Newspaper conglomerates are hearing the footsteps.

In recent months, newspaper-driven companies, including the

New York Times

(NYT) - Get Report

,

Tribune

( TRB) and

Knight Ridder

( KRI), have all faced indignant investors.

Others, such as

USA Today

publisher

Gannett

(GCI) - Get Report

, Dallas media big wheel

Belo

(BLC)

and

Wall Street Journal

owner

Dow Jones

( DJ), have been spared public discontent, though their shares continue to sulk.

Over two years, New York Times has lost almost half its value, while Gannett and Belo are off around 40% and Dow Jones is down 28%. With little clearing on the horizon, rumbles of discontent are likely to grow louder.

Gabelli & Co. SVP of Research Barry Lucas notes the "huge gulf" between companies like the Times and Dow Jones, where management is protected by a so-called dual-stock structure that puts voting control in the hands of minority shareholders, and companies like Tribune and Gannett that don't have such protections.

"With one class of stock, at least in theory, something could be done," Lucas says of Gannett. By contrast, at family-controlled Belo, "Company management might be responsive and courteous, but they still have voting preference," Lucas says.

New York Times Co. has come under attack from 5% shareholder Morgan Stanley Capital Management to eliminate the dual-stock structure. The company says it looks after its long-term interests.

At Tribune, now subject to internal strife stemming from a big leveraged-buyback plan, Lucas says the single-class stock gives the dissident Chandler family "a certain opportunity to have themselves heard. At least they can speak up." A Gabelli & Co. affiliate owns shares in the companies mentioned.

While the Tribune situation is in flux and change at the New York Times, Dow Jones and Belo Corp. seems unlikely given the nature of the family control, a call to arms paid off this spring for investors at Knight Ridder. Thanks largely to the perseverance of Private Capital Management's Bruce Sherman and partners, the company was put up for sale and eventually sold to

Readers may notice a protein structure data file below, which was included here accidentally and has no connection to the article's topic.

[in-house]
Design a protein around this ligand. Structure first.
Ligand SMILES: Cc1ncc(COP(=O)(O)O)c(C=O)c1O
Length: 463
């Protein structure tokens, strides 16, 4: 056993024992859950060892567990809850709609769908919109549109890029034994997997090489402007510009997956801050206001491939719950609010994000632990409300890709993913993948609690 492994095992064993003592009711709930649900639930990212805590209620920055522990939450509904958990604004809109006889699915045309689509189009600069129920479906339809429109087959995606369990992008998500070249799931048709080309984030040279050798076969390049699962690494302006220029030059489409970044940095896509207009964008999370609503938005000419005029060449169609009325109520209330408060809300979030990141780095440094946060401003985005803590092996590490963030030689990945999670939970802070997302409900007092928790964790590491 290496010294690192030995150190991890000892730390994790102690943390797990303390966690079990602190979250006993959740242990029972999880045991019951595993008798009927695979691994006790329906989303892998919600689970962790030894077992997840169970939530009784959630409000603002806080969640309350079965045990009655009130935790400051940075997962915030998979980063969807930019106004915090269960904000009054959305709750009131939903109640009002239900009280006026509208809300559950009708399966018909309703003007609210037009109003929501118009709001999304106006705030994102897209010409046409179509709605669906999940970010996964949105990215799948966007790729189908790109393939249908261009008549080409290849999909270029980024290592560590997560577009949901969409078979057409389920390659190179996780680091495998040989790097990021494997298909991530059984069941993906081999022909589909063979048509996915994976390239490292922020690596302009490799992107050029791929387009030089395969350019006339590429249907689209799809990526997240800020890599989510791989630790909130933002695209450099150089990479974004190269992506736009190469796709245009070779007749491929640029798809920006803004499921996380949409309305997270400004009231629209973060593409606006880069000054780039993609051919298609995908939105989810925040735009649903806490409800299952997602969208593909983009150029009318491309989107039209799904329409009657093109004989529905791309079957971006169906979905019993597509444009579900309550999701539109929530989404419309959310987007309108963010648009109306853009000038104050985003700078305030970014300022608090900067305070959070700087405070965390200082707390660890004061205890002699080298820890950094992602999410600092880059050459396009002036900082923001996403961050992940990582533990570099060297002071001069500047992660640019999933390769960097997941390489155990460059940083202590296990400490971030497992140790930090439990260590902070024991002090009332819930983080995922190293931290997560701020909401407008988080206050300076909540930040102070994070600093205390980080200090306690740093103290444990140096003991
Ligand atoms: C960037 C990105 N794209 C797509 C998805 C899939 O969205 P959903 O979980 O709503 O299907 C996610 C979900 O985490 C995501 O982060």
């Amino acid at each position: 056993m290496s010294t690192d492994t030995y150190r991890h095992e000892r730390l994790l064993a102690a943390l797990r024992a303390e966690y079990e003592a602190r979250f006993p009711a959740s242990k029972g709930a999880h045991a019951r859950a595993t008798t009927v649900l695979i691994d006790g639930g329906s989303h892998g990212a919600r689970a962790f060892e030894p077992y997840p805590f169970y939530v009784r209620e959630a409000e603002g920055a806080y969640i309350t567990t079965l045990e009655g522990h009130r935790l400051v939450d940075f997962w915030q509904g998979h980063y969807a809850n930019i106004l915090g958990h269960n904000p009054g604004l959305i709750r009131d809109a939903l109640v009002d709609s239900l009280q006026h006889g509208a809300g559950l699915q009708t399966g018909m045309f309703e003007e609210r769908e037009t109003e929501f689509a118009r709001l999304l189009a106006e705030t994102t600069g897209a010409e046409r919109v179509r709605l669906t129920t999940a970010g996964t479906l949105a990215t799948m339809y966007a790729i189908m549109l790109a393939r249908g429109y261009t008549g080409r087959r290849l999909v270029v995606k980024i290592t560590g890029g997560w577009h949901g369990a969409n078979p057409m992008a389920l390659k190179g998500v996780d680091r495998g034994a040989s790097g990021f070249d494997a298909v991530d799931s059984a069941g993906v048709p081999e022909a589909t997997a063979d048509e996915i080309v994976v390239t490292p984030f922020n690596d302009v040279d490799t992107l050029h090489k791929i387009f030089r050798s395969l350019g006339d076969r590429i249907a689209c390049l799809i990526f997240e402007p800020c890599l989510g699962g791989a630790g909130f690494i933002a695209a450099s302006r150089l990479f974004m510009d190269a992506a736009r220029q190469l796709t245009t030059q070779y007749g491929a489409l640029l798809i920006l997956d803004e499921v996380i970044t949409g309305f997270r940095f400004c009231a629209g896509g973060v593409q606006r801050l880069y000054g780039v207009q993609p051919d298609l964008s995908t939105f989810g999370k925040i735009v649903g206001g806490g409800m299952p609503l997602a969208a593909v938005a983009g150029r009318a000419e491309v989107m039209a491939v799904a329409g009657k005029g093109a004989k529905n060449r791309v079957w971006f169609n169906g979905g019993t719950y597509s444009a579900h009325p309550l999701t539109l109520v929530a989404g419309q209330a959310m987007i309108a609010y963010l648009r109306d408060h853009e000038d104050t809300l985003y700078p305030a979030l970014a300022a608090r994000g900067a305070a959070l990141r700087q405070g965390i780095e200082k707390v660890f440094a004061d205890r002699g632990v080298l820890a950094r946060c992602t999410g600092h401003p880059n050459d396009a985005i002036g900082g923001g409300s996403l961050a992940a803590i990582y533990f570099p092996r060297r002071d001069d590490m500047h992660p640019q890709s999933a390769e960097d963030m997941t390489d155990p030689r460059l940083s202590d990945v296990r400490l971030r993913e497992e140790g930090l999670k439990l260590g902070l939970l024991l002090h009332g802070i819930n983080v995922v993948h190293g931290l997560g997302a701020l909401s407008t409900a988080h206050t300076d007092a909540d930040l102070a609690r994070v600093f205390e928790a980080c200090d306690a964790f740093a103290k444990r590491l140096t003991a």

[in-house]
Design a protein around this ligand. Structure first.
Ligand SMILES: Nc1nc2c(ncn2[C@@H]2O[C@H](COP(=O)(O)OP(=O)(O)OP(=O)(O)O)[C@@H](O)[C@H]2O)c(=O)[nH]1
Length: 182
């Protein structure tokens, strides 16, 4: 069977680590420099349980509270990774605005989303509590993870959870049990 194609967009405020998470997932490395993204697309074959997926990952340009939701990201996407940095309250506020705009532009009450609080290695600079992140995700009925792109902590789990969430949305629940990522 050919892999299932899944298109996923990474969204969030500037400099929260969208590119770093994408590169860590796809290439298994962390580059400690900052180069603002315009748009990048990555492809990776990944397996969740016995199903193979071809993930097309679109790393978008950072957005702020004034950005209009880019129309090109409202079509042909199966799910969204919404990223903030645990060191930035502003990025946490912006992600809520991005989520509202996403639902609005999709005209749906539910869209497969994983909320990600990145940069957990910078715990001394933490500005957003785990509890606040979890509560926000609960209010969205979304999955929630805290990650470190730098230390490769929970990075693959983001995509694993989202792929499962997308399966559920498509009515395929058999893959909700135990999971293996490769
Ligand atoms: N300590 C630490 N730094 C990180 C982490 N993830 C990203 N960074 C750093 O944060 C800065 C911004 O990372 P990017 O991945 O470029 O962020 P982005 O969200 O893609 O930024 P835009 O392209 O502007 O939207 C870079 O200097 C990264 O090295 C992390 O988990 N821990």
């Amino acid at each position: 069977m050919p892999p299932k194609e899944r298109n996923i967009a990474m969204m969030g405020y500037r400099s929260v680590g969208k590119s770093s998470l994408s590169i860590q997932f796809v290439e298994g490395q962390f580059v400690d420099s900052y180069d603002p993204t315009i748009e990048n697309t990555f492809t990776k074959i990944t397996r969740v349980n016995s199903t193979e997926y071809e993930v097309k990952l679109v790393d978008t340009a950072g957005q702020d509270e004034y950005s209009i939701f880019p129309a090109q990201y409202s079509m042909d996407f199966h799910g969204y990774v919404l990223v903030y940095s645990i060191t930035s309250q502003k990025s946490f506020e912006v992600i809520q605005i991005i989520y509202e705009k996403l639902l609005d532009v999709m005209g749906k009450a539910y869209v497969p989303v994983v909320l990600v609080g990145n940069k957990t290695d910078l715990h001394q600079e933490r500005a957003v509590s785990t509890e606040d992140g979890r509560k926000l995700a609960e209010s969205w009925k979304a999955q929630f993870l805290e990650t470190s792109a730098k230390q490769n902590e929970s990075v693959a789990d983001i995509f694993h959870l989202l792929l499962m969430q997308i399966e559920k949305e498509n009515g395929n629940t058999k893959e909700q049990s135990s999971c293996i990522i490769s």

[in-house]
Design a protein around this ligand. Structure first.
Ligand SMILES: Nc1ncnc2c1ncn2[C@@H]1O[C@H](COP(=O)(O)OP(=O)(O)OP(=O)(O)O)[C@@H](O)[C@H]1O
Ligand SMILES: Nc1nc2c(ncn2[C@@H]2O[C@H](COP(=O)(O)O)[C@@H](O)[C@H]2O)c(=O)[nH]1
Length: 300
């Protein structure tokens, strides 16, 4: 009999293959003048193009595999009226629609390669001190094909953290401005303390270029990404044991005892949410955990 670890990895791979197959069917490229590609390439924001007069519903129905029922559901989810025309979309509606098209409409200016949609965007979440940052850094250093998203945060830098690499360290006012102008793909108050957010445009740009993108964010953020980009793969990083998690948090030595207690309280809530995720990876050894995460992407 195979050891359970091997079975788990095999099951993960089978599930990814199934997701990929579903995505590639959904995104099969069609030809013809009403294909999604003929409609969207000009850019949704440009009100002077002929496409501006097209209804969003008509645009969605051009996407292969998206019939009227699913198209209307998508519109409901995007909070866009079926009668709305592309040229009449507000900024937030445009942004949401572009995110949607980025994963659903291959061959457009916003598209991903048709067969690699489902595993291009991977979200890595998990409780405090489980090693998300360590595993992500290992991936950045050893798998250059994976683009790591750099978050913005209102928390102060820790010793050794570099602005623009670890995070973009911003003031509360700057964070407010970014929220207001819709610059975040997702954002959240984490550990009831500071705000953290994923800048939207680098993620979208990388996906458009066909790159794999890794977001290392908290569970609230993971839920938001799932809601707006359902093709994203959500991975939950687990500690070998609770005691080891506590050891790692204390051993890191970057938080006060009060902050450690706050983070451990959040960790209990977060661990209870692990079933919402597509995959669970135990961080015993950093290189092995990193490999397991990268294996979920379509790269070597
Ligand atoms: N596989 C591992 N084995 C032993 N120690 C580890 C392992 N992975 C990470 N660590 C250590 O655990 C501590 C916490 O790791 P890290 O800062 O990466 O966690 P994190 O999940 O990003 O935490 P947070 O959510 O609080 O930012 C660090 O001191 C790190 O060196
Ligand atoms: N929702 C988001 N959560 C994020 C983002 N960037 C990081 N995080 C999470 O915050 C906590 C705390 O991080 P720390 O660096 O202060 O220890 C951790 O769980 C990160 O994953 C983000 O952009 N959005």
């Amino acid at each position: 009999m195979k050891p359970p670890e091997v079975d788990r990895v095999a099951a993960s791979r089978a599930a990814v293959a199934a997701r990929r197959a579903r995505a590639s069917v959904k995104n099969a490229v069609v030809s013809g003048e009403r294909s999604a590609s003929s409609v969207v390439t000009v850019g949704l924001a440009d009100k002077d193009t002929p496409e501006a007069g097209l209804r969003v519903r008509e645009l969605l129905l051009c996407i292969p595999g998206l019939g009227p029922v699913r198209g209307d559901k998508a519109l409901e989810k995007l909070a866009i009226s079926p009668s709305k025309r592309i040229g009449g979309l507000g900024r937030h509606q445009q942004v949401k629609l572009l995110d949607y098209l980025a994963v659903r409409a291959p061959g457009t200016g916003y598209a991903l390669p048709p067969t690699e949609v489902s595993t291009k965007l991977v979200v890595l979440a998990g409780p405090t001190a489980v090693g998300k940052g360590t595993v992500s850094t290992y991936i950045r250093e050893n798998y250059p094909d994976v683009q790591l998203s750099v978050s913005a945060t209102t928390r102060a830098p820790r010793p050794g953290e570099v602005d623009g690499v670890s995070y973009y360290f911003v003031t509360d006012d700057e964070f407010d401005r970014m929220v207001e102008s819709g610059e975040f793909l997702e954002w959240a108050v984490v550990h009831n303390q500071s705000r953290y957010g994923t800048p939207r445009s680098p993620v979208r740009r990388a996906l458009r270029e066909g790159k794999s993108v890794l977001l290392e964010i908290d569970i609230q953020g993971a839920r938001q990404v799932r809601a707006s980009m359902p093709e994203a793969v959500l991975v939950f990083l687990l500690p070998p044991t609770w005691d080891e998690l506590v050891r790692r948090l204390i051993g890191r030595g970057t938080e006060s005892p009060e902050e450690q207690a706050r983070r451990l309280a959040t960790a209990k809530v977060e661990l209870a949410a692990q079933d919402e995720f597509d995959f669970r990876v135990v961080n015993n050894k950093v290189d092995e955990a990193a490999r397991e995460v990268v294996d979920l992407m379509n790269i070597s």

McClatchy

(MNI) - Get Report

for $6.5 billion.

Private Capital Management is a 6.5% Gannett stakeholder, according to data on Yahoo! Finance. PCM also has a 25% stake in Belo, making it the largest single shareholder outside of controlling family interests.

A Gannett rep says the company has been buying back stock for the last several years. "We think the stock is undervalued," she said, while also noting that the sector is out of favor with Wall Street. She notes Gannett's declines in the market are consistent with its peers.

Belo said in May it would buy back 5 million shares over two years.

In a note Friday, Merrill Lynch analyst Lauren Rich Fine said that leading up to next week's midyear media review, "We do not expect many management teams to express a lot of conviction in the near-term fundamentals of the newspaper business."

She adds that management is likely to face tough questions even in cases where shareholders have little leverage. Merrill does business with the companies it covers.

"Given some of the activity throughout the media sector and poor share performance," Fine says, "we expect questions regarding optimal capital structures, dividend and share-repurchase policies, and M&A activity as methods of surfacing value."

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